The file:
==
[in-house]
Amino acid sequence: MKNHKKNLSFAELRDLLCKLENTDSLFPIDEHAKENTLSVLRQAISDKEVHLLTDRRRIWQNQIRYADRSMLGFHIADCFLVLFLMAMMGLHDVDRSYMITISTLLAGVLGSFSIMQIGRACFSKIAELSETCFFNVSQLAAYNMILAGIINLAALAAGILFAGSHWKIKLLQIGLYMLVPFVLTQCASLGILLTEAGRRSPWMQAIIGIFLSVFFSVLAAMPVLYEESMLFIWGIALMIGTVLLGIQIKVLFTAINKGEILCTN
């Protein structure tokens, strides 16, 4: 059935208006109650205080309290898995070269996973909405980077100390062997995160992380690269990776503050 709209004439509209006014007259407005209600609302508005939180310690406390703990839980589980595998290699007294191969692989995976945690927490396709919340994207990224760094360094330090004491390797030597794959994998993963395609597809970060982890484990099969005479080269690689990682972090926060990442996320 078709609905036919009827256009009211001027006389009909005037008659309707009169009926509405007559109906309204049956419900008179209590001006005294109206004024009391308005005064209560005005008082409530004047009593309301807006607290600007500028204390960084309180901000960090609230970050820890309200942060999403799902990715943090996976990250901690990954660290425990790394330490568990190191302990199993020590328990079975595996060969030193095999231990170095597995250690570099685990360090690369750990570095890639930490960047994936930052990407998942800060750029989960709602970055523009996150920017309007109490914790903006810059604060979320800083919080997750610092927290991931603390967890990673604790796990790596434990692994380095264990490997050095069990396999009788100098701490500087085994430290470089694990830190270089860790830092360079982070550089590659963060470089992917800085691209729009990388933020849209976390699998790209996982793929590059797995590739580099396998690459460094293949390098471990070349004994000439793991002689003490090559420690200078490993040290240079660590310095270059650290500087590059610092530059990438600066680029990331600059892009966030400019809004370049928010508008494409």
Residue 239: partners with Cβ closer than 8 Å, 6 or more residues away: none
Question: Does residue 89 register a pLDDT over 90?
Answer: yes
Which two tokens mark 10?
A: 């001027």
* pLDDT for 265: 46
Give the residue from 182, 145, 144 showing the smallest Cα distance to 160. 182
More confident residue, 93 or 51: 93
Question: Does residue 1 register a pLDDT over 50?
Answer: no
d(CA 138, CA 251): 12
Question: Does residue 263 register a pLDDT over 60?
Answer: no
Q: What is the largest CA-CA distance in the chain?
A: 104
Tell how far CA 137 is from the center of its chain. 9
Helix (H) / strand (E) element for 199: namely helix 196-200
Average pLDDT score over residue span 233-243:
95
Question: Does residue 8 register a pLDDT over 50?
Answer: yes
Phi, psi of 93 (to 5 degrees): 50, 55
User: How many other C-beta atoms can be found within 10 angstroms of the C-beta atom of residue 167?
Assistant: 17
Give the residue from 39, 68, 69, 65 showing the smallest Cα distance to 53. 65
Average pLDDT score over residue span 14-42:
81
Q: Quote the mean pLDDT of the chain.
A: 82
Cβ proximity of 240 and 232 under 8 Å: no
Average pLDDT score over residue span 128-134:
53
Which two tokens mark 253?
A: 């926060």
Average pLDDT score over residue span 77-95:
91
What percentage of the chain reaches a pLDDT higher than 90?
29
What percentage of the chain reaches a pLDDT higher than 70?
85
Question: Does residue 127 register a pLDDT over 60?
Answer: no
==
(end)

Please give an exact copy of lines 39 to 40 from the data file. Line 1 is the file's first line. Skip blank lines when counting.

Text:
91
What percentage of the chain reaches a pLDDT higher than 90?